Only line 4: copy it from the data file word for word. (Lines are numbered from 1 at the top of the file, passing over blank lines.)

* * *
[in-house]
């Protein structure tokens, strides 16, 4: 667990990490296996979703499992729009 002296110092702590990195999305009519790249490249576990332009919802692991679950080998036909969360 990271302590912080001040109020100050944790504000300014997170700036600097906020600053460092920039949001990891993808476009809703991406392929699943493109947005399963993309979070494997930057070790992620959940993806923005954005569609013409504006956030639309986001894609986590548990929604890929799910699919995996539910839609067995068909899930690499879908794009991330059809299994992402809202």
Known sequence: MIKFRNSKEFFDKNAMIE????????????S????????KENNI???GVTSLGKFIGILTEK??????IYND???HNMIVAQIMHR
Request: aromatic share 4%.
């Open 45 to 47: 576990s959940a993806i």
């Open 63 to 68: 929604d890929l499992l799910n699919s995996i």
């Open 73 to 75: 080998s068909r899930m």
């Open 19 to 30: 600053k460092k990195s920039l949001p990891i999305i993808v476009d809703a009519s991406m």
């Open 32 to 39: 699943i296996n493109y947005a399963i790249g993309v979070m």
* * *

Request: aromatic share 4%.